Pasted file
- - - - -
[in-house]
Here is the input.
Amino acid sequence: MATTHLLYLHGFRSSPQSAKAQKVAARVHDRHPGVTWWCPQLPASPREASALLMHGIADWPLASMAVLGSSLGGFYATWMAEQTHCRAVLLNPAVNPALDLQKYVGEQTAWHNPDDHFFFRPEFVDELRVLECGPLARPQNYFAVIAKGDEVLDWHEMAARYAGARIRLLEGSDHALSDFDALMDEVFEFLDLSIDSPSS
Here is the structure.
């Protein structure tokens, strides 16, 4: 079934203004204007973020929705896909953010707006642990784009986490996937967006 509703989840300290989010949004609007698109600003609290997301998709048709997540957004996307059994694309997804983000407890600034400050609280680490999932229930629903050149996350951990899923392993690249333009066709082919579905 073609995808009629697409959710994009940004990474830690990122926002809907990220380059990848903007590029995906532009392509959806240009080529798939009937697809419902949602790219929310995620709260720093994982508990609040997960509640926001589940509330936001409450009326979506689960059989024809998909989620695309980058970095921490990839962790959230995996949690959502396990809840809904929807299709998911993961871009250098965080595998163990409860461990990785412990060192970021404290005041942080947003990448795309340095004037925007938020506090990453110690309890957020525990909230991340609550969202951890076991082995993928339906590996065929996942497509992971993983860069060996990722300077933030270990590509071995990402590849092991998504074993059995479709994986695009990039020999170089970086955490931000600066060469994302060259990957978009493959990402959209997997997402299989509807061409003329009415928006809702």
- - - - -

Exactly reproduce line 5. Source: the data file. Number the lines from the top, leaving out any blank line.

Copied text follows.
């Protein structure tokens, strides 16, 4: 079934203004204007973020929705896909953010707006642990784009986490996937967006 509703989840300290989010949004609007698109600003609290997301998709048709997540957004996307059994694309997804983000407890600034400050609280680490999932229930629903050149996350951990899923392993690249333009066709082919579905 073609995808009629697409959710994009940004990474830690990122926002809907990220380059990848903007590029995906532009392509959806240009080529798939009937697809419902949602790219929310995620709260720093994982508990609040997960509640926001589940509330936001409450009326979506689960059989024809998909989620695309980058970095921490990839962790959230995996949690959502396990809840809904929807299709998911993961871009250098965080595998163990409860461990990785412990060192970021404290005041942080947003990448795309340095004037925007938020506090990453110690309890957020525990909230991340609550969202951890076991082995993928339906590996065929996942497509992971993983860069060996990722300077933030270990590509071995990402590849092991998504074993059995479709994986695009990039020999170089970086955490931000600066060469994302060259990957978009493959990402959209997997997402299989509807061409003329009415928006809702």